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"Where Are All the Black Swans: A Community Response."














Presented by African American Studies in collaboration with Collage Dance Collective.
Panel members reflected on their training and careers in the classical and fine arts. Participants engaged the audience in a discussion on community responses to the crisis of diversity in the classical and fine arts. The idea was inspired by a 2007 New York Times article, "Where Are All the Black Swans?". Members of the arts community were invited to attend and take part in this engaging conversation. February 8, 2012, Blount Auditorium, Buckman Hall

Panel members included:
Heather-Brooke Malone, Reheema Barber, Brandye Lee, Lila Hood, Jaime Mann

 

 

 

 

 

 

Marcellus Harper, Collage Managing Director

 

 





















Rhodes College African American Studies Program co-sponsored a campus visit by iconic South African poet and academic
Antjie Krog. Professor Krog gave a lecture and led a discussion on her experiences as a journalist covering South Africa’s controversial and groundbreaking Truth and Reconciliation Commission on November 15th. She also read from her large ouvre of poetry on November 16th, 2011. Poster

On November 16, 2011 Rhodes Professor, Dr. Rychetta Watkins, presented "Solidarity in Struggle: The Similarities and Differences in Black Power and Yellow Power" at the National Civil Rights Museum as part of the Lunch & Learn Series which is a free public program.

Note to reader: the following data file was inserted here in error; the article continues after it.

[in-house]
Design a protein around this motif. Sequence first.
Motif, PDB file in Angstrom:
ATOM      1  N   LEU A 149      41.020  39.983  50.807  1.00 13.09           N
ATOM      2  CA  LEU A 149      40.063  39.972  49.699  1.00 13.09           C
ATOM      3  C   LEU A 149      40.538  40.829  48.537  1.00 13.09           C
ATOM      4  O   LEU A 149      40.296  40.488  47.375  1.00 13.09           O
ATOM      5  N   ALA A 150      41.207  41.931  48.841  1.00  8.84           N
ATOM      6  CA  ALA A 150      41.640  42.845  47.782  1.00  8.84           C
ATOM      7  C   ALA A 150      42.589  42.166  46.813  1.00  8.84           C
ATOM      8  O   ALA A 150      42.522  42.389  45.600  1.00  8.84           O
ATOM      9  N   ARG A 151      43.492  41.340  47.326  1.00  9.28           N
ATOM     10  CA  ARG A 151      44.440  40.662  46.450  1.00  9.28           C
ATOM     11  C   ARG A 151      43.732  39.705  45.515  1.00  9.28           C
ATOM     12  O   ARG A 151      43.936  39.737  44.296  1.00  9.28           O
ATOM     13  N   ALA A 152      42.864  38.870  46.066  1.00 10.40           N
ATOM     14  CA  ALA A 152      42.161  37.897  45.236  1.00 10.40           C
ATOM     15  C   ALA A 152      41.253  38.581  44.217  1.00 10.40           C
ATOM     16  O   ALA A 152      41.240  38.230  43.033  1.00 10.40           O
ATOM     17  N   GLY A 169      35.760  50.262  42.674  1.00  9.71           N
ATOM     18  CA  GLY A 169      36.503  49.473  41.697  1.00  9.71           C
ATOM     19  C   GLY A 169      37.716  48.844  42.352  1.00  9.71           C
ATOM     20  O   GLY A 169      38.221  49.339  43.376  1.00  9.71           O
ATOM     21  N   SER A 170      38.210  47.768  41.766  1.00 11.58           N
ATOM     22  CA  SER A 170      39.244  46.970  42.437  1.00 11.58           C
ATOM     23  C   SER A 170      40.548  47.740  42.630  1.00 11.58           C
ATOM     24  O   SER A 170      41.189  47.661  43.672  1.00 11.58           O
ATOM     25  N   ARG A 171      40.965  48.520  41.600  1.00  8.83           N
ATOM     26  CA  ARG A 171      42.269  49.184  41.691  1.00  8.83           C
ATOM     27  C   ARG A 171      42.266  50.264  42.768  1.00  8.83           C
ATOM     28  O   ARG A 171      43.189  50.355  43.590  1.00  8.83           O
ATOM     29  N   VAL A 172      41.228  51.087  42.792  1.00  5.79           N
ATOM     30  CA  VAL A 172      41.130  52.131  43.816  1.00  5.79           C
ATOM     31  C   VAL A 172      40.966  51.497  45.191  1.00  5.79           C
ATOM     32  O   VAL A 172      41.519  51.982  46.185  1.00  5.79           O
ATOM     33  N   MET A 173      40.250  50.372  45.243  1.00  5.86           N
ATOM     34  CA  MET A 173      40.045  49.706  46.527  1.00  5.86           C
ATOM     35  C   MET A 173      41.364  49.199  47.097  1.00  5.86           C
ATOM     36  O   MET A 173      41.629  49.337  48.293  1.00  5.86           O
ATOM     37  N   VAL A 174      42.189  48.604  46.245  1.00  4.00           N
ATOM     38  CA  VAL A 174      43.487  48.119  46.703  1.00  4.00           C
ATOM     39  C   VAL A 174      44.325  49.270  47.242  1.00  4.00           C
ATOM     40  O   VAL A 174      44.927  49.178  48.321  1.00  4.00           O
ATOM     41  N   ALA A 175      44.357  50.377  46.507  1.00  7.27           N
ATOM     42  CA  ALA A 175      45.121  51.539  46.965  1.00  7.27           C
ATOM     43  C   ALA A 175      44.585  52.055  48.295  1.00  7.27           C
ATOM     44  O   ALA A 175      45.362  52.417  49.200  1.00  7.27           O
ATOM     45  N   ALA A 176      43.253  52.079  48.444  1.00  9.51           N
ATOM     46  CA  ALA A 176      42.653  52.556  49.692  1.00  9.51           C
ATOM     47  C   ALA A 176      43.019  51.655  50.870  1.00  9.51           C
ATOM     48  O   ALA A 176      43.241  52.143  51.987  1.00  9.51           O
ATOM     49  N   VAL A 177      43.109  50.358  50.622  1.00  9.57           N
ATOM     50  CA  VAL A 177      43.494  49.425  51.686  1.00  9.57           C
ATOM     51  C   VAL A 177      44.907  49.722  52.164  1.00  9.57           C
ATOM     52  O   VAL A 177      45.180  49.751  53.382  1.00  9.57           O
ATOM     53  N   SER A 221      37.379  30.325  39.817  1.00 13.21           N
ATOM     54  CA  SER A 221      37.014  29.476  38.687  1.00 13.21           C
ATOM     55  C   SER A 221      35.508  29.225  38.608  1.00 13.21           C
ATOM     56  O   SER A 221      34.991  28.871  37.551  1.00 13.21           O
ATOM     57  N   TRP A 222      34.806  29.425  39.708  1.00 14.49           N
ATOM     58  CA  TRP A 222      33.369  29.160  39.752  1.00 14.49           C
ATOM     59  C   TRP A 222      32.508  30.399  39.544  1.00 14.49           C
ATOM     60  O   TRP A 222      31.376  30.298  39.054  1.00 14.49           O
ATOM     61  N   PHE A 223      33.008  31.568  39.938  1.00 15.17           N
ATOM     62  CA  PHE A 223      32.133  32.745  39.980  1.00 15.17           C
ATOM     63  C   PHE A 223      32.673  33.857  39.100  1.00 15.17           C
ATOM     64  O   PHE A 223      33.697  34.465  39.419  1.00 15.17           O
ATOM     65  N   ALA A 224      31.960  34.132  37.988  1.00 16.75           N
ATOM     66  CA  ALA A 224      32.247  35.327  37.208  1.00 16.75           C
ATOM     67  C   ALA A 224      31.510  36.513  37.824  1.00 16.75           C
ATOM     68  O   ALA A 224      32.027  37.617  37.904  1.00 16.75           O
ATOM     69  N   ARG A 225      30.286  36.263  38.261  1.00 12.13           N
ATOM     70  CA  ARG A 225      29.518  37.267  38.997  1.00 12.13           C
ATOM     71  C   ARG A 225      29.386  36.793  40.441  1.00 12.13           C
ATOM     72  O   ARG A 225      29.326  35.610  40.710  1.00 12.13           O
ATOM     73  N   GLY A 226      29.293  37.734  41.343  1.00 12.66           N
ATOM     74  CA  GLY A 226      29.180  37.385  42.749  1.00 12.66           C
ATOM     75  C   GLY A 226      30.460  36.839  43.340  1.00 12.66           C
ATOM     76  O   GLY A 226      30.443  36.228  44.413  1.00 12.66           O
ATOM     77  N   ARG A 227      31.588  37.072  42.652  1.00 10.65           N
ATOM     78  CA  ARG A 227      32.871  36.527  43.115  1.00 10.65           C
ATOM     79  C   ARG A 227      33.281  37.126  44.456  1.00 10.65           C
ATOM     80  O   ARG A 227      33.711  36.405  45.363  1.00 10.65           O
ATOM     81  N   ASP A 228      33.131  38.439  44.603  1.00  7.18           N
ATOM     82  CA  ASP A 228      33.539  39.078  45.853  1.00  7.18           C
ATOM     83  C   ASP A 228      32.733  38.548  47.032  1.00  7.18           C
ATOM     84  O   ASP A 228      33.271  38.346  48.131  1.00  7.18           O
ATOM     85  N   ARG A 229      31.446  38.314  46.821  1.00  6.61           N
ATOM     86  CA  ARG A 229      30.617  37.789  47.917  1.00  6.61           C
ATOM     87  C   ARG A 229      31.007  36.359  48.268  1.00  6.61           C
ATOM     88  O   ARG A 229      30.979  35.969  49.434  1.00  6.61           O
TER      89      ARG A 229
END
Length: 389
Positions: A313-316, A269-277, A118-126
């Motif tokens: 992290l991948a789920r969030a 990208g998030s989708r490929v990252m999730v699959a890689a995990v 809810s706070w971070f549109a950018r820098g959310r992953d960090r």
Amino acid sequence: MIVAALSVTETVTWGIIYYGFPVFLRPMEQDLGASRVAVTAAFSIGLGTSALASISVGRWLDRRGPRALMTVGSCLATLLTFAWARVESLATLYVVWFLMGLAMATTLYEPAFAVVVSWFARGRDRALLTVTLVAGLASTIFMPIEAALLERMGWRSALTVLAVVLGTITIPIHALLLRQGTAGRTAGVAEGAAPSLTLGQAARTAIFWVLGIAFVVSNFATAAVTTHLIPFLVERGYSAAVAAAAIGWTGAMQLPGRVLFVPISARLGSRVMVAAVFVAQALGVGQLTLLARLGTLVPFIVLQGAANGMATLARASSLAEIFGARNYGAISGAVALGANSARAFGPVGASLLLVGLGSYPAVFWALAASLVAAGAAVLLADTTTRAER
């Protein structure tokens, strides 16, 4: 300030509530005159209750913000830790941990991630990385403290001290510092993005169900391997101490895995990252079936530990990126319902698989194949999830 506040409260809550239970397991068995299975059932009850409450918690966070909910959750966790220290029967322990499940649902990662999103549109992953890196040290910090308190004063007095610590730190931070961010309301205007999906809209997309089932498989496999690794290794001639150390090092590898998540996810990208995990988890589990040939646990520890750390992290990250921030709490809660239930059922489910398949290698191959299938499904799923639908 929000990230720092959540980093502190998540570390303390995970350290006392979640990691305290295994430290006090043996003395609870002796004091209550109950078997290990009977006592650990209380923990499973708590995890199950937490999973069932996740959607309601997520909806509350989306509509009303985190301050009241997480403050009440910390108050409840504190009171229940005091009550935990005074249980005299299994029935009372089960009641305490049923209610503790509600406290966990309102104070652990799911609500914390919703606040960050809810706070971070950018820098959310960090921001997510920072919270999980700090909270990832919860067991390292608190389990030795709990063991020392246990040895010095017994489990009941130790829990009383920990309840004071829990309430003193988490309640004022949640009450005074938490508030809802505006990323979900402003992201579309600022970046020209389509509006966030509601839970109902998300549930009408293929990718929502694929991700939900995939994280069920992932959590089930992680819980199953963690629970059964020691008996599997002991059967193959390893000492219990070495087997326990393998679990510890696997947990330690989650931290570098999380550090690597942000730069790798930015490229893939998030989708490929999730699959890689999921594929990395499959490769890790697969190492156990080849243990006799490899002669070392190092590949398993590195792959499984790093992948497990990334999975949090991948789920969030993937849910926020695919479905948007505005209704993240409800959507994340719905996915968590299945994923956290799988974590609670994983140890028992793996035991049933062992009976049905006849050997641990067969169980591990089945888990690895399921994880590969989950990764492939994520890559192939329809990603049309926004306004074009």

November 10, 2011: African American Studies Program co-sponsored the 1611 Symposium, The King James Bible′s 400th anniversary

On Friday, November 11, 1-5pm, symposium speakers will include Brian Cummings (Sussex), Hannibal Hamlin (Ohio State University), Ena Heller (Museum of Biblical Art), Naomi Tadmor (Lancaster), and Vincent Wimbush (Claremont Graduate University), with a response by Robert Alter. Their visits will be co-sponsored by Rhodes College programs in African American Studies, Art, History, Religious Studies, Search, and the Spence L. Wilson Chair in the Humanities, with an additional matching grant from the Tennessee Arts Commission.

November 2, 2011 - "White Scripts and Black Supermen: Black Masculinities in American Comic Books. Dr. Jonathan Gayles, University of Georgia Associate Professor of African American Studies at Georgia State University discussed his recent documentary. Poster.pdf  (Interview)

November 2, 2011 - A discussion with Dr. Jonathan Gayles focusing on "Capes and Castration: The Troubling Origins of the Black Superhero".

October 10, 2011 - Say Word!: Voices from Hip Hop Theater an anthology presented and signed by editor Daniel Banks at noon in the McCoy Theatre, room 124. Poster.pdf

HaMapah performance – October 9, 2011

Dance performed by Adam McKinney - Directed by Daniel Banks

In Hebrew, HaMapah means "the tablecloth" or "the map." HaMapah weaves contemporary dance with archival material, personal interviews, Yiddish and American songs, and video set to traditional, contemporary, and classical music. In HaMapah, McKinney explores issues of culture, self-hood, and community. In exploring his African, Jewish, and Native American heritages, McKinney dances the personal and the collective, the local and the global, and the present and the past.